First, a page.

The term “shrink wrap agreement” refers to the purchase agreements attached to shipped products, usually bound by shrink wrap (plastic wrapping) that contain terms and conditions.

What Is a Forum Clause?

A forum clause, officially known as a “forum selection clause,” is a provision that can be included in a contract. It authorizes the parties to choose which state and the court system will manage legal matters in the event of a dispute. For example, a forum selection clause might state: “Any dispute between the parties to this contract shall only be decided by a court located in Orange County, California.”

Forum selection clauses are also occasionally referred to as a “venue selection clause,” “choice of court clause,” or “jurisdiction clause.” They are often associated with a “choice of law clause,” a contract provision that defines what law will govern the contract. However, the two clauses should not be confused.

To separate the two, recognize that the former decides where a case will physically be decided, and the latter dictates which state law will apply. For example, a forum clause may tell you that you need to litigate an issue in Orange County, California if that is the most convenient place for both parties. In contrast, a choice of law clause may require that the case be decided following the laws of Nevada, even though the court is in California.

In addition, forum selection clauses can either be non-exclusive or exclusive. An exclusive or mandatory forum selection clause requires all cases to be litigated in a specific forum, such as “only in a federal court.” On the other hand, a non-exclusive or permissive forum selection clause allows the parties to be looser in choosing whether to litigate in federal or state court.

Some reasons why a party may want to consider inserting a forum selection clause in their next contract include:

  • If it would be convenient for the parties and significant components of the case (e.g., it is where witnesses reside, a company’s headquarters is stationed, the majority of evidence is located, etc.);
  • If they are familiar with the laws and court system in a certain area;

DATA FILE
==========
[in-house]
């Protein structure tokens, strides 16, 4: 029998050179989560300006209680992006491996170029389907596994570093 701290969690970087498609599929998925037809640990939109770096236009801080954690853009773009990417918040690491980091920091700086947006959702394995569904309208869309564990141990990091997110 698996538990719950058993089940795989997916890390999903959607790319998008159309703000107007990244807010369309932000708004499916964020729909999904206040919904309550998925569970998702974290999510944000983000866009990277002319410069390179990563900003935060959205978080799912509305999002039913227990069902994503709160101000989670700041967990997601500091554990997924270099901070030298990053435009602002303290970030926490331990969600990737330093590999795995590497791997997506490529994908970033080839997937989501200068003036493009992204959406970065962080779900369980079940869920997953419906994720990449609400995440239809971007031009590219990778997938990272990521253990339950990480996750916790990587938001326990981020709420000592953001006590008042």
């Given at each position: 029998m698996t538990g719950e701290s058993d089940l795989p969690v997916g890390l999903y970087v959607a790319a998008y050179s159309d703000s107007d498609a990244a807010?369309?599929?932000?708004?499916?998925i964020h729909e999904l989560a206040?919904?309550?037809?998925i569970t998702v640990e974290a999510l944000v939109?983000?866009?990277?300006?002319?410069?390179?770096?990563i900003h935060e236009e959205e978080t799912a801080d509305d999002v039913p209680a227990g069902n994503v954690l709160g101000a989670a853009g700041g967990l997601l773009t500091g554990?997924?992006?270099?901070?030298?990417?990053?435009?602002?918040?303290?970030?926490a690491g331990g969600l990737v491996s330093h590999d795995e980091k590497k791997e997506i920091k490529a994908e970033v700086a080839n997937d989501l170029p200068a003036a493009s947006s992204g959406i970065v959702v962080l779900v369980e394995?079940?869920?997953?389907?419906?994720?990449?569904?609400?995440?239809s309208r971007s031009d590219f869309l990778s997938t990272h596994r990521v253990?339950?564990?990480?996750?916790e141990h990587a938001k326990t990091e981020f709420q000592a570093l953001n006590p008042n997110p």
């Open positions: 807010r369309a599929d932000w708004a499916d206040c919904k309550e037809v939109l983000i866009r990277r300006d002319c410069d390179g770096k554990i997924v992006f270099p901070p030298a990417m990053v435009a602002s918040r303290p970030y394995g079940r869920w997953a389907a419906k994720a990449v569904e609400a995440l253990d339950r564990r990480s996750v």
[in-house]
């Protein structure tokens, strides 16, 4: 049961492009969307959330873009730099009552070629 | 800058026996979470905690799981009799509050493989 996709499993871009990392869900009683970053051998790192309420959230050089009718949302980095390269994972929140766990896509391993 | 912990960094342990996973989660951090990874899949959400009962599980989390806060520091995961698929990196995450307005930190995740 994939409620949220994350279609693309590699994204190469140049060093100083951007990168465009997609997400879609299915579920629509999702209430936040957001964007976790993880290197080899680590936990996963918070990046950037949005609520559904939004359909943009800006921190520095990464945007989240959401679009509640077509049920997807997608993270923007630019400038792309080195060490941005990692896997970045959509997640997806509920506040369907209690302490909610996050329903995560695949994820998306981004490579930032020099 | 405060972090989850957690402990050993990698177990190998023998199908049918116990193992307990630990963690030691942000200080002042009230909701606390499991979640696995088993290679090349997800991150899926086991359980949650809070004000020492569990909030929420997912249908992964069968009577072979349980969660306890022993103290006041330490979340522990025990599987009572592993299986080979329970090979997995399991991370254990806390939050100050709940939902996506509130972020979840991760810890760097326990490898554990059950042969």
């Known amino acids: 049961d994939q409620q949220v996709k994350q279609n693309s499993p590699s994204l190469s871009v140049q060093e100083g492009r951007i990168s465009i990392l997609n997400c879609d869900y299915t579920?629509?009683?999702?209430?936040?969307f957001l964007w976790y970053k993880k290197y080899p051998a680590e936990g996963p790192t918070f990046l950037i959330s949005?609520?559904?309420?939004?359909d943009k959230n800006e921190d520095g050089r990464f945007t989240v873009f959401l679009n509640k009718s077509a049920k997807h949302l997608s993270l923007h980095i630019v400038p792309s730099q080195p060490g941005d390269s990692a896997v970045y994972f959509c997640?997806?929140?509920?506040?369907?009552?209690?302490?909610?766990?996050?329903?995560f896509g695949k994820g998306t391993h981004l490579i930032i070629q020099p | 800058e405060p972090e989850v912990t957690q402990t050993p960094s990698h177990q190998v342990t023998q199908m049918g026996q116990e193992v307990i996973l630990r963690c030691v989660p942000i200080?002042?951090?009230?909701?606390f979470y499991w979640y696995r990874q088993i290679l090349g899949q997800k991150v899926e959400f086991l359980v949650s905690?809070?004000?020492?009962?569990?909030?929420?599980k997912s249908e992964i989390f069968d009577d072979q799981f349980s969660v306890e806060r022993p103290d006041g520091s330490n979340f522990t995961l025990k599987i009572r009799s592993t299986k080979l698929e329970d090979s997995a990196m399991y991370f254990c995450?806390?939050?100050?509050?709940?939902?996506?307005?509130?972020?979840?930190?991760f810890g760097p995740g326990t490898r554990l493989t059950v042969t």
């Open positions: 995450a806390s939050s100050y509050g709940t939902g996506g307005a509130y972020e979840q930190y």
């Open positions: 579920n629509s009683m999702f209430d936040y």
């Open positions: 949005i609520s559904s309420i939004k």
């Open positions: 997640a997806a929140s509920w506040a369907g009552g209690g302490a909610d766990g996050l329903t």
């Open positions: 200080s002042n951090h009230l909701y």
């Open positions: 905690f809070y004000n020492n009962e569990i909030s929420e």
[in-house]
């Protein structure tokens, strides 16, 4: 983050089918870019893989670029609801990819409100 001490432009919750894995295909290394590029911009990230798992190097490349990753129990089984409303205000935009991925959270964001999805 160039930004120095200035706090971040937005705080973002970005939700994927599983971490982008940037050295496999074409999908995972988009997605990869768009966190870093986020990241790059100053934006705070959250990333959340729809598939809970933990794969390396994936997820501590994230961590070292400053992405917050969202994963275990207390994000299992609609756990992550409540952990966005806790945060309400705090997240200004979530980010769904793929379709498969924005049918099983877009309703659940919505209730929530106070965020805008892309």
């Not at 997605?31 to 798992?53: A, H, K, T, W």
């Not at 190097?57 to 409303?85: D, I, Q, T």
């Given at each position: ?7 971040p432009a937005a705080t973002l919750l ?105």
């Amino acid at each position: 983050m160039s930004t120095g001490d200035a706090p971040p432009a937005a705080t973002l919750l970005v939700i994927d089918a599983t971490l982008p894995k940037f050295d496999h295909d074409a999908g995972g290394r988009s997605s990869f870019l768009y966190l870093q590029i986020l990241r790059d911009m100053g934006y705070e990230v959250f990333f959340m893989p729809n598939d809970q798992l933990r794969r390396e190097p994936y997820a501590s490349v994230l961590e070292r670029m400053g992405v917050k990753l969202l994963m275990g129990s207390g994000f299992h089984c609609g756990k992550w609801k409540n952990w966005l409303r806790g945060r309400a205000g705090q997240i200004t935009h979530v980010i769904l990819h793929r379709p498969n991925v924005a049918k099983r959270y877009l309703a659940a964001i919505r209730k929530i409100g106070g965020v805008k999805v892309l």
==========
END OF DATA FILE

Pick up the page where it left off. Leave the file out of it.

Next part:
• If the courts in a specific jurisdiction tend to decide in a way that is favorable for their business;
  • If most of their clients or business deals with matters that federal courts must decide; or
  • If a court system has lots of experience handling specific types of cases (e.g., the Western
  • District court in Waco, Texas, is known for overseeing most of the nation’s patent infringement lawsuits).

What Type of Contracts Contain Forum Clauses?

Forum clauses can be found in a variety of contracts. In general, the most common types of contracts in which forum selection clauses are used include the following:

Commercial contracts
Commercial contracts refer to a broad category of contracts that govern transactions between consumers, merchants, and businesses. Commercial contracts make up most litigation involving businesses and breach of contract issues. Some commercial contracts include licensing agreements, supply of goods and services, and lease agreements. Here are some of the others:

Employment contracts
Employment contracts are a significant subcategory of commercial contracts. These include agreements made between employers, workers, and prospective hires. Many employment contracts contain forum clauses that require resolving future disputes only through mediation or arbitration.

Franchise agreements
Franchise agreements often contain forum selection clauses. Such clauses are included to let franchisees know that a franchisor will not be traveling wherever the franchisee is located to resolve a dispute. For example, Dunkin Donuts has franchises all up and down the east coast, and therefore a franchisor could be subject to lawsuits from Maine to Florida. A forum clause prevents that from happening.